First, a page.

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What is Residual Value?

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  • Written By: Alexis W.
  • Edited By: Heather Bailey
  • Last Modified Date: 15 September 2016
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Residual value has two potential meanings, depending on the situation. In a leasing situation, such as a car lease or the rental of office equipment, the residual value is the expected remaining value the leased item will have upon its return. For accounting and tax purposes, however, residual value refers to the depreciated value of an item.

When an individual leases an item such as a vehicle, he pays a fee for the temporary use of the item being leased. That fee is based on the worth of the item. It is also based on the expected worth of the item upon its return.

Assume for example that a person is leasing a $50,000 US Dollars (USD) vehicle. He will be using the car for a period of two years, at which time he must return the car. Therefore, the amount he is going to pay should equate to the amount of worth he receives from the vehicle.

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Since the car will still have value when it is returned, the person leasing the car shouldn't have to pay as if he was using $50,000 (USD) worth of value. Instead, the residual value is determined. For example, the car may have $30,000 (USD) of value upon its return. The amount of interest the leasee is charged and the amount of monthly payments he will incur for the use of the vehicle is thus based on calculating $50,000 USD minus $30,000 USD to determine that he is receiving $20,000 USD of value from the use of the vehicle over the two-year period.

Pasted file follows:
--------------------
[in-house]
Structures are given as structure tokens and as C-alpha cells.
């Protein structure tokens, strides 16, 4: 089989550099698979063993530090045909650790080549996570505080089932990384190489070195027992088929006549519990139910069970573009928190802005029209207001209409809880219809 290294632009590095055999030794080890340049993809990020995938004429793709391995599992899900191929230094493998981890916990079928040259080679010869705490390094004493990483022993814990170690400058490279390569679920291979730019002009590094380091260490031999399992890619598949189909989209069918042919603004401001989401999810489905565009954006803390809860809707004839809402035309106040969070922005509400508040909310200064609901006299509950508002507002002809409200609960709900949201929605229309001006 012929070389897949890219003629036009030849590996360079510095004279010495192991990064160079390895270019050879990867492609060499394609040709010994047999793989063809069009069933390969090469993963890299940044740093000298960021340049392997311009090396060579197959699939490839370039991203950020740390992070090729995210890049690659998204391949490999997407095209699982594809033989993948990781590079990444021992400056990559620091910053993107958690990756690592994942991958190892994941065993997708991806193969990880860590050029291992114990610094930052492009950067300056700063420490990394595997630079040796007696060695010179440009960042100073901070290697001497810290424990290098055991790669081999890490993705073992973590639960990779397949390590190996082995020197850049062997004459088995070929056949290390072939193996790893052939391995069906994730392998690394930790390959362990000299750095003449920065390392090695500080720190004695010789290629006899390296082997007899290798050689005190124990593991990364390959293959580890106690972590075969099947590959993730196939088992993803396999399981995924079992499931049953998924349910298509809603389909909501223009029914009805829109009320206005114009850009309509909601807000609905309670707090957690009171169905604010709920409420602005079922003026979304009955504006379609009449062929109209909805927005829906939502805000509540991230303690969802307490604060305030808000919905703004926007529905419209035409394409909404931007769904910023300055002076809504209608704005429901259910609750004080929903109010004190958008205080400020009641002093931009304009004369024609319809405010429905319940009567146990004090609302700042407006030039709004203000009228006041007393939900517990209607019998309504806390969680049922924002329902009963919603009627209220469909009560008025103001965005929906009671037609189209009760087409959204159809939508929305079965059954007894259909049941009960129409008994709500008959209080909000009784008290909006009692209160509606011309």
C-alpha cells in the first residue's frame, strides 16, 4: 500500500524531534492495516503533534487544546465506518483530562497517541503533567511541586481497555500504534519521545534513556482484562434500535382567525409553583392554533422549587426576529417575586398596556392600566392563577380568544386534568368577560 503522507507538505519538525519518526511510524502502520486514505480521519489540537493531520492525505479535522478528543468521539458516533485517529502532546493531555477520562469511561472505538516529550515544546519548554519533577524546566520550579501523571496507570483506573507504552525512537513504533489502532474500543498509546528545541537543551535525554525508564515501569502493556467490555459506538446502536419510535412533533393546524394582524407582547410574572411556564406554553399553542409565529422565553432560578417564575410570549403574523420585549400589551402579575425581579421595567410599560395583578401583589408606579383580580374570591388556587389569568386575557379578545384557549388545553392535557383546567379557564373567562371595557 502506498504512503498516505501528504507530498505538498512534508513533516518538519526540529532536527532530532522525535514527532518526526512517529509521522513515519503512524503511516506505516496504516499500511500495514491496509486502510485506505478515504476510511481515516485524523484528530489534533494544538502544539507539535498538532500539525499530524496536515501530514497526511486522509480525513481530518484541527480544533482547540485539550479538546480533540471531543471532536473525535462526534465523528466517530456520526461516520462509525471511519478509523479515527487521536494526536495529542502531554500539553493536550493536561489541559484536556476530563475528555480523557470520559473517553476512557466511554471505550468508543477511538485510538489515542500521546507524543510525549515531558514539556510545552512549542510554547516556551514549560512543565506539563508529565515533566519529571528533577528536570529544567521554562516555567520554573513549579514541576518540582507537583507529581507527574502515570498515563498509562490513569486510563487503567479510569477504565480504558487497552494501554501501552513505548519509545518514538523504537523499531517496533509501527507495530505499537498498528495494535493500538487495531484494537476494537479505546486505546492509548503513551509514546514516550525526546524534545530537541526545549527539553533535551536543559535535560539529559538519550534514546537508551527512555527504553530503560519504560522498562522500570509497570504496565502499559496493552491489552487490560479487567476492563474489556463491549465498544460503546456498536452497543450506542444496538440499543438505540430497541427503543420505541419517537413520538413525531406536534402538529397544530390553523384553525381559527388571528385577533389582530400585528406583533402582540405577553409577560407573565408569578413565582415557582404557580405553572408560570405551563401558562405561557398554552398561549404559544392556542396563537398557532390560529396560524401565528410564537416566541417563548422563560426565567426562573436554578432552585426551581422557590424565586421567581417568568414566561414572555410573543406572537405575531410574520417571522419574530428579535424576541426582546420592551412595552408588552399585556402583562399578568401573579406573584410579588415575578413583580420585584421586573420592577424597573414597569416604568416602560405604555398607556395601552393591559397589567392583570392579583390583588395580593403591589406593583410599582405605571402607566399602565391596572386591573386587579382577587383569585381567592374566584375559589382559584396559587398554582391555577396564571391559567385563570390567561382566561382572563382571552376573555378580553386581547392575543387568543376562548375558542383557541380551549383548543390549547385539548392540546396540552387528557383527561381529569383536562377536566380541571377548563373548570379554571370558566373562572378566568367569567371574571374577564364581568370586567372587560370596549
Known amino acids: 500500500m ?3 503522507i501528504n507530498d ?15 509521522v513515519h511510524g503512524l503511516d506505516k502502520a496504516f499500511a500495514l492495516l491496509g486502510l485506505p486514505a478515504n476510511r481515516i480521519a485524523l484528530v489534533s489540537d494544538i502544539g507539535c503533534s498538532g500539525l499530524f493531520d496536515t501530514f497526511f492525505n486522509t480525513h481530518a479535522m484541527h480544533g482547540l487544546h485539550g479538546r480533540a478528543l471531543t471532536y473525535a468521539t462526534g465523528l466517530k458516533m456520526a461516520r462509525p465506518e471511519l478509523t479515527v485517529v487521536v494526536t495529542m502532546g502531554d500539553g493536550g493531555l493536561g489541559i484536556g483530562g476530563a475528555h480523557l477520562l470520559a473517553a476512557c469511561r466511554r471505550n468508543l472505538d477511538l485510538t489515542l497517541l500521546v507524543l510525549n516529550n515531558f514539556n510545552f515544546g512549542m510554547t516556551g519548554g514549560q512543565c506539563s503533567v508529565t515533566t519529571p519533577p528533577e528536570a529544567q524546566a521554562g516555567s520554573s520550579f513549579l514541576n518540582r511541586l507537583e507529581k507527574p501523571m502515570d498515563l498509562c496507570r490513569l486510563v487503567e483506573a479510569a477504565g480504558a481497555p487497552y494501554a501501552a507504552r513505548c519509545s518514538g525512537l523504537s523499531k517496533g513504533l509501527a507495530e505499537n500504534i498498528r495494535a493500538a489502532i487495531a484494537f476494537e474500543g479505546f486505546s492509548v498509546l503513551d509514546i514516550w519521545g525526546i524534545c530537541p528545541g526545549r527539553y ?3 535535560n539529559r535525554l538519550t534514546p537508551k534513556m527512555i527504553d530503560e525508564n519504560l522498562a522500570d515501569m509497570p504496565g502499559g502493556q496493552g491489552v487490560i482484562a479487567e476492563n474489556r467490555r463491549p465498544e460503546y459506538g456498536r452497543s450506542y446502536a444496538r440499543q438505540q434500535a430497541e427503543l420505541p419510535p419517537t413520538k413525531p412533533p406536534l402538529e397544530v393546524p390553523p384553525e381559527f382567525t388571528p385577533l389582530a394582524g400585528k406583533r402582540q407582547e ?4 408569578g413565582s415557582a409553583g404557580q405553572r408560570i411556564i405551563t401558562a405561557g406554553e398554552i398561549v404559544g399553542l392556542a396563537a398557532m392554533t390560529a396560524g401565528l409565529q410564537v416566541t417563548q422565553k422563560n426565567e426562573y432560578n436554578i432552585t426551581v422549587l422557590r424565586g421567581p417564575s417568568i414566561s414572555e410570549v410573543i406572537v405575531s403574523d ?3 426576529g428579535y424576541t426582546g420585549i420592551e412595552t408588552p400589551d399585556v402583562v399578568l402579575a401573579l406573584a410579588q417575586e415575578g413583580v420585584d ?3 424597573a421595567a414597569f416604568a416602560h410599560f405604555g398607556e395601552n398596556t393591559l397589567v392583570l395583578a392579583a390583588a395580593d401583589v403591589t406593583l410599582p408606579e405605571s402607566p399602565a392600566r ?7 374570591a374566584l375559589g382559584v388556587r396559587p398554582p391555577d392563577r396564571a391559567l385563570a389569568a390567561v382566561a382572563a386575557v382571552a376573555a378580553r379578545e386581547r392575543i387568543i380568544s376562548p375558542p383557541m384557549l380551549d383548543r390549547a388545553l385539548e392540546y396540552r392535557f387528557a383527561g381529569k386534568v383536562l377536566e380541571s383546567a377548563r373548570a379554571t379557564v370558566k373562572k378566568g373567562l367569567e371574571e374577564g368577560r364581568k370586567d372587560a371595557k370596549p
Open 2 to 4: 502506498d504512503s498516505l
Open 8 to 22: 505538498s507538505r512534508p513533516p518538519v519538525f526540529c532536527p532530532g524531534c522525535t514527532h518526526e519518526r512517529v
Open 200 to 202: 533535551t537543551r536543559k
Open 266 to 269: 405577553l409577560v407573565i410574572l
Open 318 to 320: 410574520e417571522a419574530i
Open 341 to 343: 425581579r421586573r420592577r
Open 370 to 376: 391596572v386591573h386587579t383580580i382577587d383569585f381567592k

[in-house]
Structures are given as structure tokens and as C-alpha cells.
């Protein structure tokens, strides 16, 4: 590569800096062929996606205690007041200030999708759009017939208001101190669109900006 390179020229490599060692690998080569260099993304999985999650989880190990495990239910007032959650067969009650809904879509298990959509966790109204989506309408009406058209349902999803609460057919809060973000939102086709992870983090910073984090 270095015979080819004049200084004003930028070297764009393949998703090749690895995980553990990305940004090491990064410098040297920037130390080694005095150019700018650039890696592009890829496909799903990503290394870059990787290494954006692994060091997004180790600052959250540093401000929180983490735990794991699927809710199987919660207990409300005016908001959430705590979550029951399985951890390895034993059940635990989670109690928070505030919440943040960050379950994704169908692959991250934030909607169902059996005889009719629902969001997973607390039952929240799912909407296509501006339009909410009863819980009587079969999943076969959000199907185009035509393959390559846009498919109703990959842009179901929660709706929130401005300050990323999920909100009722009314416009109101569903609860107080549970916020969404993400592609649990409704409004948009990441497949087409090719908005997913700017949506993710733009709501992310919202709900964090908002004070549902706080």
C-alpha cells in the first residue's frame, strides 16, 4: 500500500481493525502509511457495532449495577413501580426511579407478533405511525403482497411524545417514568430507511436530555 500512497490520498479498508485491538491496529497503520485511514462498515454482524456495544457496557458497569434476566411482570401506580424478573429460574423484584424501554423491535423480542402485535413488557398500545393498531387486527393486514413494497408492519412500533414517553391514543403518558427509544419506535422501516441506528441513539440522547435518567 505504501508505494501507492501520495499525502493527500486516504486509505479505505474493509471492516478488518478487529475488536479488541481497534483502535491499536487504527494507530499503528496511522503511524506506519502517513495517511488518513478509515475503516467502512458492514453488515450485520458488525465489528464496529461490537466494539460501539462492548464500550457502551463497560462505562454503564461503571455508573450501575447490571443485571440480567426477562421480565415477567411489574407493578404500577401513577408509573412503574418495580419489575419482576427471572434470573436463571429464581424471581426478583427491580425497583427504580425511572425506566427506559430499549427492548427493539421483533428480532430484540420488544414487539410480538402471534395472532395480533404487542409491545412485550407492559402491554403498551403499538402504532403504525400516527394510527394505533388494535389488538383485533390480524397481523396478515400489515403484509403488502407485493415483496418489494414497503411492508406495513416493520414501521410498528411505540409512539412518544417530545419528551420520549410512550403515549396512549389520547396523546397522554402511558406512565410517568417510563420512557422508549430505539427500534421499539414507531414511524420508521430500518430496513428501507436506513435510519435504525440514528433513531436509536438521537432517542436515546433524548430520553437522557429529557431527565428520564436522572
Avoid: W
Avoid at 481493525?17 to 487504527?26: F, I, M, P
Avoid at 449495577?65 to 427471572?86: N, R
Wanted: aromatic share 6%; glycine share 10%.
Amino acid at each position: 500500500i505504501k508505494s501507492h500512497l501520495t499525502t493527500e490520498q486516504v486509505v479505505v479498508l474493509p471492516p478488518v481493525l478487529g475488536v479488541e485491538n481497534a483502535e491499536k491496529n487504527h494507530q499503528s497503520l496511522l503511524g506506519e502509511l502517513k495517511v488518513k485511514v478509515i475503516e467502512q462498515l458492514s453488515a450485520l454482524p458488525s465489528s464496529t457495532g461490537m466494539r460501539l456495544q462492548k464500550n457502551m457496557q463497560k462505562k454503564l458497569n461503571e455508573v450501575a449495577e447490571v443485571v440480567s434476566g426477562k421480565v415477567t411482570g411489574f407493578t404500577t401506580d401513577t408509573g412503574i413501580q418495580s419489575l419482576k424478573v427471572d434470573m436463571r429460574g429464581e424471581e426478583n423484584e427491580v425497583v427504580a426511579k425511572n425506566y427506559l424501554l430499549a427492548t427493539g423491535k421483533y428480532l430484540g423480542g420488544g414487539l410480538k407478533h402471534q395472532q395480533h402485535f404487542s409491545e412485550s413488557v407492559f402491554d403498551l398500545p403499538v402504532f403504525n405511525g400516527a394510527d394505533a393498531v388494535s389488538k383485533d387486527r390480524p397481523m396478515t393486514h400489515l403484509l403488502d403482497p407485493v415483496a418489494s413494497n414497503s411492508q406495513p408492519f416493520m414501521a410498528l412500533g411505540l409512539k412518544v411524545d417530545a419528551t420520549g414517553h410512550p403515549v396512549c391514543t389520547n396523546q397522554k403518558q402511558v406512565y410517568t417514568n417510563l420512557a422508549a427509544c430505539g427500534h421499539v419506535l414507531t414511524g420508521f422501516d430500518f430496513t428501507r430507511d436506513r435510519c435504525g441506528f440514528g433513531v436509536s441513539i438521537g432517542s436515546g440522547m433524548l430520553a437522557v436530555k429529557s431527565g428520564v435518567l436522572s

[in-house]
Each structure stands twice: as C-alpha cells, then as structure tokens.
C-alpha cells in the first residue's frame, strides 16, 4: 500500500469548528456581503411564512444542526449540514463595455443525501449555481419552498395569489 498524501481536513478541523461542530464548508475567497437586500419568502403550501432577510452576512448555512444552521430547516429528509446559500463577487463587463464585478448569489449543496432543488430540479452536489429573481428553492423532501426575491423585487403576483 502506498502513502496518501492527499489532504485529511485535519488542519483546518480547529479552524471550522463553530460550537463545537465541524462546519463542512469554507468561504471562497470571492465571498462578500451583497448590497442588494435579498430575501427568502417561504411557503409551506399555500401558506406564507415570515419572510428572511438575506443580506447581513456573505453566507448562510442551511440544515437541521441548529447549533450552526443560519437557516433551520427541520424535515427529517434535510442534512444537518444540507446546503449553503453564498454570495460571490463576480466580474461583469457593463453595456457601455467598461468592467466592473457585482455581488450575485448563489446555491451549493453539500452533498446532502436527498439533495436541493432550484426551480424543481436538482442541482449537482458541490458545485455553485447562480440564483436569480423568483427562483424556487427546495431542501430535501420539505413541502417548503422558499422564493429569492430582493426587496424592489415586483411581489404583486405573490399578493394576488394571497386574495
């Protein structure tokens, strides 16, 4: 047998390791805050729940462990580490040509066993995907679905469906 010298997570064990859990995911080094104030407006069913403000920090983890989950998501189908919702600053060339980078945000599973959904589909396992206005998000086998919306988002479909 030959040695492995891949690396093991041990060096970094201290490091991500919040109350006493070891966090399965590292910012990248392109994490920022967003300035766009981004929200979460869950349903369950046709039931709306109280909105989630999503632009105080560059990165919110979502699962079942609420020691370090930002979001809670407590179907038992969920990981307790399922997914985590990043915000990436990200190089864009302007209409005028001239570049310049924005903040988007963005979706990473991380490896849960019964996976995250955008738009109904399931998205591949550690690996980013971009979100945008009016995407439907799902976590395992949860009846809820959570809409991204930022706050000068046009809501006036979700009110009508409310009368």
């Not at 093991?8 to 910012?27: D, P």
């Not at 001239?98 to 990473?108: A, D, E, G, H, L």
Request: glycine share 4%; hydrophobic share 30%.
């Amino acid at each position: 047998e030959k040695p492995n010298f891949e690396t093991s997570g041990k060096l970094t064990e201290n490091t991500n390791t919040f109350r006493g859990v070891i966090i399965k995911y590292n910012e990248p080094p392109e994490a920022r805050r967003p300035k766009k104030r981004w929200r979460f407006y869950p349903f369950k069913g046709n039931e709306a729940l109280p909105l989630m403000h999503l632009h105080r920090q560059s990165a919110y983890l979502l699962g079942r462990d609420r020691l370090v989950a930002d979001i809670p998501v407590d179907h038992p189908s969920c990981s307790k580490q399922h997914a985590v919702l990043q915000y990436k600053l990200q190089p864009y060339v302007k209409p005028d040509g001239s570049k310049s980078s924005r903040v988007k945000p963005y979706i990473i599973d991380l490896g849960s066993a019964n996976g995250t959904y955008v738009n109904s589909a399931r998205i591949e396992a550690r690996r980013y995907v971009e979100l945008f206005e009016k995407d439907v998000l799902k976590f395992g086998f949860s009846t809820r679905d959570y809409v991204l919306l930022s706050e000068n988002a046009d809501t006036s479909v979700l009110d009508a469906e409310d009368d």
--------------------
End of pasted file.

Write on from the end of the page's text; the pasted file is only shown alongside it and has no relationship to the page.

In the accounting context, residual value has a different meaning. When used on a balance sheet listing assets and expenses, the depreciated value of the item is referred to as its residual value. In other words, the term refers to the value that is left in a given item.

Assume for example that a company purchases a computer. That computer will be used and will get older. As it does, its value will be reduced or depreciated.

When the company lists its assets, the computer should still be listed as an asset since the company still owns it. The value, however, is not the full value that the company paid for the computer. Instead, the appropriate value is the residual value or the current amount that he computer is worth in the condition it is in.

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